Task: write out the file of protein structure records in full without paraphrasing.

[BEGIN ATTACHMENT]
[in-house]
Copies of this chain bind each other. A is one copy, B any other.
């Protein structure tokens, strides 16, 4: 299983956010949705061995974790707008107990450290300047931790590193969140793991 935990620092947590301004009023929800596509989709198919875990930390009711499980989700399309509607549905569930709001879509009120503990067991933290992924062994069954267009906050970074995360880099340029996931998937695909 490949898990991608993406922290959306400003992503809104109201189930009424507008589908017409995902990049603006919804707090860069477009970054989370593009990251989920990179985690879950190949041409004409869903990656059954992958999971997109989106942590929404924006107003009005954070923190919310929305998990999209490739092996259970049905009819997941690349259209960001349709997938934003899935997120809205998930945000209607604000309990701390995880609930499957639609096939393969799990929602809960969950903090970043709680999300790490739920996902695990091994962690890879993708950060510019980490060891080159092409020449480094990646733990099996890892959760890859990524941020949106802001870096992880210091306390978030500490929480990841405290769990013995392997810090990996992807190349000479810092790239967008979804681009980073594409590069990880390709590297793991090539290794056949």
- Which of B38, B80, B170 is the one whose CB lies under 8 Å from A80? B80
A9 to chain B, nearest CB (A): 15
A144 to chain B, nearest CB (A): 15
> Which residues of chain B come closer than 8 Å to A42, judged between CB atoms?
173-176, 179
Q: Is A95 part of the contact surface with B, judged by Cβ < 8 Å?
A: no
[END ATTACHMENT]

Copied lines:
[in-house]
Copies of this chain bind each other. A is one copy, B any other.
């Protein structure tokens, strides 16, 4: 299983956010949705061995974790707008107990450290300047931790590193969140793991 935990620092947590301004009023929800596509989709198919875990930390009711499980989700399309509607549905569930709001879509009120503990067991933290992924062994069954267009906050970074995360880099340029996931998937695909 490949898990991608993406922290959306400003992503809104109201189930009424507008589908017409995902990049603006919804707090860069477009970054989370593009990251989920990179985690879950190949041409004409869903990656059954992958999971997109989106942590929404924006107003009005954070923190919310929305998990999209490739092996259970049905009819997941690349259209960001349709997938934003899935997120809205998930945000209607604000309990701390995880609930499957639609096939393969799990929602809960969950903090970043709680999300790490739920996902695990091994962690890879993708950060510019980490060891080159092409020449480094990646733990099996890892959760890859990524941020949106802001870096992880210091306390978030500490929480990841405290769990013995392997810090990996992807190349000479810092790239967008979804681009980073594409590069990880390709590297793991090539290794056949």
- Which of B38, B80, B170 is the one whose CB lies under 8 Å from A80? B80
A9 to chain B, nearest CB (A): 15
A144 to chain B, nearest CB (A): 15
> Which residues of chain B come closer than 8 Å to A42, judged between CB atoms?
173-176, 179
Q: Is A95 part of the contact surface with B, judged by Cβ < 8 Å?
A: no